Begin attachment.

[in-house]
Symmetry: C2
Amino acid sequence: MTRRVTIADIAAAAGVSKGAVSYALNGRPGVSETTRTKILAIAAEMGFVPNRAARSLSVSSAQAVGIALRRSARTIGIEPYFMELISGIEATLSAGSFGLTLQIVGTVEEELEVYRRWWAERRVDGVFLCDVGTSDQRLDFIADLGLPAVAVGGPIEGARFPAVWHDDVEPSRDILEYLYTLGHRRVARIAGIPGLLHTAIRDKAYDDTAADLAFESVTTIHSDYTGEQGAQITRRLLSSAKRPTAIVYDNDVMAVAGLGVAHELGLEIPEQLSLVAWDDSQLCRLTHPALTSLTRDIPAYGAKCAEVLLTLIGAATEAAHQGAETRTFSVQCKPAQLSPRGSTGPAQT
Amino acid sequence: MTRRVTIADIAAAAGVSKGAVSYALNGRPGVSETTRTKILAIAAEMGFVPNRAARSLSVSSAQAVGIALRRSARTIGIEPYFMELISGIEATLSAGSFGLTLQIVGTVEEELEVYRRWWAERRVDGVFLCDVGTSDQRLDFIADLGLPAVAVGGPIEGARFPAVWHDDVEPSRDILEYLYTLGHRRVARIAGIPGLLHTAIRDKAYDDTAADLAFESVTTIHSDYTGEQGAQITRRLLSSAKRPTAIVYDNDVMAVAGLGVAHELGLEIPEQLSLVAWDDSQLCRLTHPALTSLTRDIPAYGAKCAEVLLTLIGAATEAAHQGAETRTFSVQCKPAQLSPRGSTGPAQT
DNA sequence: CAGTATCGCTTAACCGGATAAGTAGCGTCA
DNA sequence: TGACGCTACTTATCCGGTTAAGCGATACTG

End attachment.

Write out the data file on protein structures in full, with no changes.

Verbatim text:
[in-house]
Symmetry: C2
Amino acid sequence: MTRRVTIADIAAAAGVSKGAVSYALNGRPGVSETTRTKILAIAAEMGFVPNRAARSLSVSSAQAVGIALRRSARTIGIEPYFMELISGIEATLSAGSFGLTLQIVGTVEEELEVYRRWWAERRVDGVFLCDVGTSDQRLDFIADLGLPAVAVGGPIEGARFPAVWHDDVEPSRDILEYLYTLGHRRVARIAGIPGLLHTAIRDKAYDDTAADLAFESVTTIHSDYTGEQGAQITRRLLSSAKRPTAIVYDNDVMAVAGLGVAHELGLEIPEQLSLVAWDDSQLCRLTHPALTSLTRDIPAYGAKCAEVLLTLIGAATEAAHQGAETRTFSVQCKPAQLSPRGSTGPAQT
Amino acid sequence: MTRRVTIADIAAAAGVSKGAVSYALNGRPGVSETTRTKILAIAAEMGFVPNRAARSLSVSSAQAVGIALRRSARTIGIEPYFMELISGIEATLSAGSFGLTLQIVGTVEEELEVYRRWWAERRVDGVFLCDVGTSDQRLDFIADLGLPAVAVGGPIEGARFPAVWHDDVEPSRDILEYLYTLGHRRVARIAGIPGLLHTAIRDKAYDDTAADLAFESVTTIHSDYTGEQGAQITRRLLSSAKRPTAIVYDNDVMAVAGLGVAHELGLEIPEQLSLVAWDDSQLCRLTHPALTSLTRDIPAYGAKCAEVLLTLIGAATEAAHQGAETRTFSVQCKPAQLSPRGSTGPAQT
DNA sequence: CAGTATCGCTTAACCGGATAAGTAGCGTCA
DNA sequence: TGACGCTACTTATCCGGTTAAGCGATACTG